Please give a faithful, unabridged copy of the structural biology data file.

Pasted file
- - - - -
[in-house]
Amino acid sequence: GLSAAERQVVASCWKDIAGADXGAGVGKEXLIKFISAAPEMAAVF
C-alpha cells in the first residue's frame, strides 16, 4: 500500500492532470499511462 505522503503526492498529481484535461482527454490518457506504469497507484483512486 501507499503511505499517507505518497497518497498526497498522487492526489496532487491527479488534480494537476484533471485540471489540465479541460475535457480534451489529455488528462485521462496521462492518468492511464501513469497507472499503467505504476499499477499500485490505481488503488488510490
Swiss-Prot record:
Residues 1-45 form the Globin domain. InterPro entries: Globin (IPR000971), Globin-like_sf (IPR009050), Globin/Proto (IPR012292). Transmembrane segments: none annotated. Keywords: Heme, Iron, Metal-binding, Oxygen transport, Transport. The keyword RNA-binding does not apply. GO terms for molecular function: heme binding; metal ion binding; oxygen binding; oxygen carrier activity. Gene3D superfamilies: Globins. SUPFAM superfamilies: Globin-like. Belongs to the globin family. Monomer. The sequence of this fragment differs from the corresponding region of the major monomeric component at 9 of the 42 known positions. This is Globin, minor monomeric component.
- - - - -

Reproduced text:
[in-house]
Amino acid sequence: GLSAAERQVVASCWKDIAGADXGAGVGKEXLIKFISAAPEMAAVF
C-alpha cells in the first residue's frame, strides 16, 4: 500500500492532470499511462 505522503503526492498529481484535461482527454490518457506504469497507484483512486 501507499503511505499517507505518497497518497498526497498522487492526489496532487491527479488534480494537476484533471485540471489540465479541460475535457480534451489529455488528462485521462496521462492518468492511464501513469497507472499503467505504476499499477499500485490505481488503488488510490
Swiss-Prot record:
Residues 1-45 form the Globin domain. InterPro entries: Globin (IPR000971), Globin-like_sf (IPR009050), Globin/Proto (IPR012292). Transmembrane segments: none annotated. Keywords: Heme, Iron, Metal-binding, Oxygen transport, Transport. The keyword RNA-binding does not apply. GO terms for molecular function: heme binding; metal ion binding; oxygen binding; oxygen carrier activity. Gene3D superfamilies: Globins. SUPFAM superfamilies: Globin-like. Belongs to the globin family. Monomer. The sequence of this fragment differs from the corresponding region of the major monomeric component at 9 of the 42 known positions. This is Globin, minor monomeric component.